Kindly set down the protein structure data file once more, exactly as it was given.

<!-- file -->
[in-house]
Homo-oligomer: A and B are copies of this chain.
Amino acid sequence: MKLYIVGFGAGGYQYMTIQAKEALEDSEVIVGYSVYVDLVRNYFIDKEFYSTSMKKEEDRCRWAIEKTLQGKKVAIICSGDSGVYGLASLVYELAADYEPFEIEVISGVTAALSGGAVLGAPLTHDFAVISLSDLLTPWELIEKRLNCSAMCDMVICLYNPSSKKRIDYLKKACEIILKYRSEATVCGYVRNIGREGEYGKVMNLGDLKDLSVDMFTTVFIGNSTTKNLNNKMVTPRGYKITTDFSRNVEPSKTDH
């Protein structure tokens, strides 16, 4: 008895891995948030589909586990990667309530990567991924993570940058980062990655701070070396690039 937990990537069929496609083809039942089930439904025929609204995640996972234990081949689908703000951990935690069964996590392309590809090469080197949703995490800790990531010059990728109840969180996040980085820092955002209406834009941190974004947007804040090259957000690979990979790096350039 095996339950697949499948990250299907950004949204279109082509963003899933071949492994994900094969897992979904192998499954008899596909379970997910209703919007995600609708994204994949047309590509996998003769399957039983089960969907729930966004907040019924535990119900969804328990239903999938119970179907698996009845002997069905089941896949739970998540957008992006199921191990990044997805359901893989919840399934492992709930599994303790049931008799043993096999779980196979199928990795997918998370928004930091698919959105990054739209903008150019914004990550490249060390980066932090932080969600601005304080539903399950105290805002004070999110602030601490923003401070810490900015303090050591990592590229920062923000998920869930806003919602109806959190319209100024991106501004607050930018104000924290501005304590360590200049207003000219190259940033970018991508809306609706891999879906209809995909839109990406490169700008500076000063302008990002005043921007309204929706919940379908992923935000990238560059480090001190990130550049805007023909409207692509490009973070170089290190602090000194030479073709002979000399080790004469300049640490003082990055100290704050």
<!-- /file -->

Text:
[in-house]
Homo-oligomer: A and B are copies of this chain.
Amino acid sequence: MKLYIVGFGAGGYQYMTIQAKEALEDSEVIVGYSVYVDLVRNYFIDKEFYSTSMKKEEDRCRWAIEKTLQGKKVAIICSGDSGVYGLASLVYELAADYEPFEIEVISGVTAALSGGAVLGAPLTHDFAVISLSDLLTPWELIEKRLNCSAMCDMVICLYNPSSKKRIDYLKKACEIILKYRSEATVCGYVRNIGREGEYGKVMNLGDLKDLSVDMFTTVFIGNSTTKNLNNKMVTPRGYKITTDFSRNVEPSKTDH
């Protein structure tokens, strides 16, 4: 008895891995948030589909586990990667309530990567991924993570940058980062990655701070070396690039 937990990537069929496609083809039942089930439904025929609204995640996972234990081949689908703000951990935690069964996590392309590809090469080197949703995490800790990531010059990728109840969180996040980085820092955002209406834009941190974004947007804040090259957000690979990979790096350039 095996339950697949499948990250299907950004949204279109082509963003899933071949492994994900094969897992979904192998499954008899596909379970997910209703919007995600609708994204994949047309590509996998003769399957039983089960969907729930966004907040019924535990119900969804328990239903999938119970179907698996009845002997069905089941896949739970998540957008992006199921191990990044997805359901893989919840399934492992709930599994303790049931008799043993096999779980196979199928990795997918998370928004930091698919959105990054739209903008150019914004990550490249060390980066932090932080969600601005304080539903399950105290805002004070999110602030601490923003401070810490900015303090050591990592590229920062923000998920869930806003919602109806959190319209100024991106501004607050930018104000924290501005304590360590200049207003000219190259940033970018991508809306609706891999879906209809995909839109990406490169700008500076000063302008990002005043921007309204929706919940379908992923935000990238560059480090001190990130550049805007023909409207692509490009973070170089290190602090000194030479073709002979000399080790004469300049640490003082990055100290704050």